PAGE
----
Chief Justice John Roberts reminded that the Supreme Court does well in showing “a general reticence to invalidate the acts of the nation’s leaders.” He emphasized the precedent: For the court to strike down an act of Congress, the lack of constitutional authority must be “clearly demonstrated.” Roberts then proceeded to explain how he joined with four liberal justices to uphold the overhaul of the country’s health-care system.
Thus, the surprising turn involved more than a victory for the Obama White House, the reform package a leading accomplishment of the president’s term. It also marked an appropriate, and reassuring, display of judicial modesty.
Roberts rightly noted that it is not the high court’s job “to protect the people from the consequences of their political choices.” Elected leaders are held accountable at the polls, as they will be in four months or so. If Republicans gain sufficient clout in Washington, they can fulfill their pledge to repeal the health-care overhaul.
As Justice Ruth Bader Ginsburg argued in a concurring opinion, the court had sound reason to hold that the broad commerce powers of Congress allow for an individual mandate, the controversial requirement to purchase health insurance. No one escapes health care, and refusing to buy coverage affects significantly the market.
Roberts joined four fellow conservatives in rejecting that view. They bought the notion that Congress somehow has aimed to create commercial activity so that it can impose regulations. Fortunately, the chief justice didn’t stop there. He crafted a compromise, concluding that the penalty for failing to buy coverage amounts to a tax. He cited the wide power of Congress to levy taxes, something the court has an obligation to respect.
Thus, the individual mandate survived — along with the law as a whole. The mandate is crucial. It allows for other provisions to work. Insurers are required to cover more people, part of bringing coverage to 30 million people who now are uninsured. Mandate the purchase of coverage, and insurance firms have a revenue stream that helps with the cost and makes coverage more affordable.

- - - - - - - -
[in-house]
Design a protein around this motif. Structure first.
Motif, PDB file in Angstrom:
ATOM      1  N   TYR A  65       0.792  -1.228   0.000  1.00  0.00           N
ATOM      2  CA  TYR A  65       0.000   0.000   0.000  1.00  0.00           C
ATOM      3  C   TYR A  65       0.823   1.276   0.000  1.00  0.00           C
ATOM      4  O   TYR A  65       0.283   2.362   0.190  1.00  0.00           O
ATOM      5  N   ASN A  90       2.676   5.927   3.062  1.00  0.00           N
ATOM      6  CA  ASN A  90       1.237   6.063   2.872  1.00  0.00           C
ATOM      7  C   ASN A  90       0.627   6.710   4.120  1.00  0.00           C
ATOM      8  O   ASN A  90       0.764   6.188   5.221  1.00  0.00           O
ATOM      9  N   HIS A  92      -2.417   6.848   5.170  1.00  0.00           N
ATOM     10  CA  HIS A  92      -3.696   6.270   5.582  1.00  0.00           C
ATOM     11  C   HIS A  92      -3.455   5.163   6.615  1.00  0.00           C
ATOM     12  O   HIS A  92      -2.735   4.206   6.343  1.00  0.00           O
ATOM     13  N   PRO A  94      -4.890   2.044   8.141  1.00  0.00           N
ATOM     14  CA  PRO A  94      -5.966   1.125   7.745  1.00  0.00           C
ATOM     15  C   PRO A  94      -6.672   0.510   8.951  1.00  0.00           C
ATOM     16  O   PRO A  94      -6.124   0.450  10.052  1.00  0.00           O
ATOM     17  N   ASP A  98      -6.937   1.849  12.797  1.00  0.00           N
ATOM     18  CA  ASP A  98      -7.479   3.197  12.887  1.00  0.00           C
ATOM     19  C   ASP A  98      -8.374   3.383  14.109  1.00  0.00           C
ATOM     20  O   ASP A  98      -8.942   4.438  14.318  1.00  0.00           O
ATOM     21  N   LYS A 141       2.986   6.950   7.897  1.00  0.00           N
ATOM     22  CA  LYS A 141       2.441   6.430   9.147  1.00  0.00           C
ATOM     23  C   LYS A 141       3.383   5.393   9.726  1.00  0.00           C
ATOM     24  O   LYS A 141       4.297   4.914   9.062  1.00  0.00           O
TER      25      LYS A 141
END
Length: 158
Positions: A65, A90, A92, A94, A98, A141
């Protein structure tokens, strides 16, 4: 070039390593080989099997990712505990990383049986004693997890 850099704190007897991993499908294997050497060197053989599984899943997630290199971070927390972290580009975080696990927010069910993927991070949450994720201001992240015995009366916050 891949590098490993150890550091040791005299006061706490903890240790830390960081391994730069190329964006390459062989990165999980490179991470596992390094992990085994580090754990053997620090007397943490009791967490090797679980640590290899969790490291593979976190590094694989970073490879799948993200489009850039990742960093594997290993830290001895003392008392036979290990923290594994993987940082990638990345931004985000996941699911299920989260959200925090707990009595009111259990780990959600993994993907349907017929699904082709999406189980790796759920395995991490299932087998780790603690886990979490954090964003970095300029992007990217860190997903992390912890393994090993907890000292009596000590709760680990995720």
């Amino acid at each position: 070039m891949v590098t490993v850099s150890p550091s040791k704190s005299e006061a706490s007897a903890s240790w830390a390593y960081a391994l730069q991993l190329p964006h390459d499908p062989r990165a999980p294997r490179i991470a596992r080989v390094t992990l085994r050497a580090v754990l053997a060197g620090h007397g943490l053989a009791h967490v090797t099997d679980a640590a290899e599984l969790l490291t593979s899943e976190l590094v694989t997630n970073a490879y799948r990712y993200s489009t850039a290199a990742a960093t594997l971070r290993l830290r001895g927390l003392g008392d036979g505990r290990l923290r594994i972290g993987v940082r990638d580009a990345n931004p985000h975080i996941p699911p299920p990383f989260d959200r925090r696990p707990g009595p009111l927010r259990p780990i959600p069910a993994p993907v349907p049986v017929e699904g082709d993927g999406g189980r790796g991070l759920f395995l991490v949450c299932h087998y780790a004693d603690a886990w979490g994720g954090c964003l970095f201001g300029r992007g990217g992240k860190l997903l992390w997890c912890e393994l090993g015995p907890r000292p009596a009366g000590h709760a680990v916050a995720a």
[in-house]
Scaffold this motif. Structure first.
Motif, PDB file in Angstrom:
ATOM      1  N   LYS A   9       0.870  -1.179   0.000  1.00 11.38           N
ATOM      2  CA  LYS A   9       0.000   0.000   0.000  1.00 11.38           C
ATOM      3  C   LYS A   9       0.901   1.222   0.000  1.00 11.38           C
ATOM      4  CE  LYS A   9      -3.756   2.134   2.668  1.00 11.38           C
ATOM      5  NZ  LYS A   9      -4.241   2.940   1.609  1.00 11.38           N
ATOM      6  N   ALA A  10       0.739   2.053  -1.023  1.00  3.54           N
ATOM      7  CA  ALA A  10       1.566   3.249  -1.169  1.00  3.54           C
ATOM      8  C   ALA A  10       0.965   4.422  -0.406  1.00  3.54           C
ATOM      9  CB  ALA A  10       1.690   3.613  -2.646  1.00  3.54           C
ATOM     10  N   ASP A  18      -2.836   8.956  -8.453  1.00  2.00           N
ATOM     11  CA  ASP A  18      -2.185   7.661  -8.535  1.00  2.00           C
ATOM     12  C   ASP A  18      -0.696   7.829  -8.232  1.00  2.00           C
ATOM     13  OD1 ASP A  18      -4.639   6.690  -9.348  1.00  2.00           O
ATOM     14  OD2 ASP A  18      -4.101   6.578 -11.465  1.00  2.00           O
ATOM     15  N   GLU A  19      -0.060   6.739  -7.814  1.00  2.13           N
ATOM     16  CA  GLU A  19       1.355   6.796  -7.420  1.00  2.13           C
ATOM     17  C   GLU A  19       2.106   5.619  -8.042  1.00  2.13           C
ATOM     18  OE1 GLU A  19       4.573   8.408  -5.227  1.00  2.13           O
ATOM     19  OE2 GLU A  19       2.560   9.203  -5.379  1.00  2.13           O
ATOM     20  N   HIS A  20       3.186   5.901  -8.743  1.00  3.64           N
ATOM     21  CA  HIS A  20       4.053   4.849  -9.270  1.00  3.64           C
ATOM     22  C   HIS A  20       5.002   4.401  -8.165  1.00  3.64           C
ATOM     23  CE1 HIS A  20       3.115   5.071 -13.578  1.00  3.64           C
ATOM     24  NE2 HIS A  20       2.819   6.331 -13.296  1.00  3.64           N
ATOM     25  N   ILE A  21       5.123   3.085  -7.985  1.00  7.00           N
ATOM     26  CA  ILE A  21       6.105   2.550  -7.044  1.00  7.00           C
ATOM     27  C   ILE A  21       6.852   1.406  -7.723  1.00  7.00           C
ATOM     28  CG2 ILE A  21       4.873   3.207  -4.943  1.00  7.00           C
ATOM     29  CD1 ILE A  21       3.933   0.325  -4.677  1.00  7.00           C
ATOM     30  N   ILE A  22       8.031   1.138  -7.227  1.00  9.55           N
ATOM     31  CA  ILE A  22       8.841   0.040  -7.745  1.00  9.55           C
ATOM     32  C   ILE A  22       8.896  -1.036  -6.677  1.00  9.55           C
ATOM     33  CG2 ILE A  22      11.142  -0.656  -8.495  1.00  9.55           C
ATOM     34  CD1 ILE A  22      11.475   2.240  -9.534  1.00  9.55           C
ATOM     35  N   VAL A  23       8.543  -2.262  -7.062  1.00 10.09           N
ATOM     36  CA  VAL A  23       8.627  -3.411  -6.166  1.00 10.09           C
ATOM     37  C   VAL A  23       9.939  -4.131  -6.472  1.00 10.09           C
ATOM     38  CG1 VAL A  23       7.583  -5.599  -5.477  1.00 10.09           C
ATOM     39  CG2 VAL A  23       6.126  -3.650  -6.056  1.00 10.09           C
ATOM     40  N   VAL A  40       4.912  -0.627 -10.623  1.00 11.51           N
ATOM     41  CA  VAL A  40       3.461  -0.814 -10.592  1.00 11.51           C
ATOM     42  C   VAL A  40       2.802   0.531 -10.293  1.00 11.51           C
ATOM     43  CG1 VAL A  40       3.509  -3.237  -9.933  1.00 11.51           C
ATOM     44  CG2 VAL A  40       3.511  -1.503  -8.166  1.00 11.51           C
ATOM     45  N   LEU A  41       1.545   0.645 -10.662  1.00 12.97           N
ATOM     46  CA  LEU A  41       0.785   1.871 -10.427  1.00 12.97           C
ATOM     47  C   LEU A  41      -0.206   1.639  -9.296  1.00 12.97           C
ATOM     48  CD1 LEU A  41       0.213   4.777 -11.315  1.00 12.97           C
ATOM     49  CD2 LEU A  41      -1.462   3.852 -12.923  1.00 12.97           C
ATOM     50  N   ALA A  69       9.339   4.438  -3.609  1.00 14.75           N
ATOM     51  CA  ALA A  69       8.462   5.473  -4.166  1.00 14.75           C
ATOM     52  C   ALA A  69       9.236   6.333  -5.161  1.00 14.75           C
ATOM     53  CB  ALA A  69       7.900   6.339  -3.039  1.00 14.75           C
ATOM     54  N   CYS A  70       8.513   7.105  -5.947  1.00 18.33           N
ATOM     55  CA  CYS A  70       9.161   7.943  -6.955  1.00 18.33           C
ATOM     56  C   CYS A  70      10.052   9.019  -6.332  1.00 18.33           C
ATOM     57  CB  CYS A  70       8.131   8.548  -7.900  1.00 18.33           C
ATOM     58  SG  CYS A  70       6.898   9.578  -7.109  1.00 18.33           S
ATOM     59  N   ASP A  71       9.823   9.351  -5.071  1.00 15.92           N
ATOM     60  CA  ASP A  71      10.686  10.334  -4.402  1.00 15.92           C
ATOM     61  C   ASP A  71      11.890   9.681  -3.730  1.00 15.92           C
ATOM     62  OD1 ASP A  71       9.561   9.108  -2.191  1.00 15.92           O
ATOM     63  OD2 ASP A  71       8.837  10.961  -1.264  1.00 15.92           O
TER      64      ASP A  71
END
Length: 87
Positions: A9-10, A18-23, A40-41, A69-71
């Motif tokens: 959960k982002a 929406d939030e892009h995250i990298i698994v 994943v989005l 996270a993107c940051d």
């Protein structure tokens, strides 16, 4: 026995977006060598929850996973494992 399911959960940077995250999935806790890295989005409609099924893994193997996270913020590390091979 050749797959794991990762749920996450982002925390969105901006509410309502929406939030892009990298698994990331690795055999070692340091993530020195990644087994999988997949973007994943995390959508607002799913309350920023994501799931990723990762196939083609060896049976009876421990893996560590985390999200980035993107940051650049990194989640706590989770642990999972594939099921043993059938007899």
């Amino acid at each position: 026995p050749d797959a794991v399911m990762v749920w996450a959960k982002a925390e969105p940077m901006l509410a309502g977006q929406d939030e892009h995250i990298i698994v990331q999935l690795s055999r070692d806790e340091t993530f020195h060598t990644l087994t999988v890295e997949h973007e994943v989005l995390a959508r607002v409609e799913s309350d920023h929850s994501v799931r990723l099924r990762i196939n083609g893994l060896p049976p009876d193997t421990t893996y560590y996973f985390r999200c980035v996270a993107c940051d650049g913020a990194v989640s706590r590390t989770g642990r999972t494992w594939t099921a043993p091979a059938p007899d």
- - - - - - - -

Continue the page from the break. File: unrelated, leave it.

More, the mandate reflects a foundation of insurance: The healthy subsidize the sick or injured, knowing the near certainty is, they eventually will encounter misfortune and need similar help.
Part of the expanded coverage involves such things as insurers no longer discriminating based on pre-existing conditions, seniors gaining improved drug benefits, young people remaining on their parents’ policies. Medicaid would expand, though the court limited the federal government’s leverage on states. Most telling, the private market would be tapped, especially through state exchanges, where those without employer coverage will find a range of policies, subsidies available to assist with the cost.
No doubt, the mandate and the overhaul will remain at the front of the campaign, Republicans and Democrats quickly recalculating their positions. What deserves more than passing attention is the achievement of the chief justice and the rest of the majority. The overhaul suffers from flaws, often the product of compromise. The reform package also serves as a promising framework for addressing glaring problems, including the high cost of health care, the expense crowding other national priorities. The provisions include penalizing hospitals for high rates of preventable infections and establishing an independent board of experts that would move to implement cost-saving changes in processes and procedures.
This is the possibility the court has preserved, a necessary experiment that addresses the burdensome overall expense and the hardships so many face, medical calamities accounting for 60 percent of personal bankruptcies.
That balancing act is formidable, and no less of a priority than a stronger economy. It points to following the court majority’s lead, finding ways to bridge differences at critical junctures. Whether Republicans admit it or not, the overhaul contains many of their ideas, starting with the mandate and the exchanges. Democrats dropped the public option. The Obama team worked to accommodate concerns of drug-makers, insurers and other private players in health care.
As decision day approached in the health-care case, many analysts fretted about a court becoming defined by partisanship, its reputation at risk. The chief justice, in his majority opinion, wisely stepped back from that brink. There resides a lesson for others in Washington.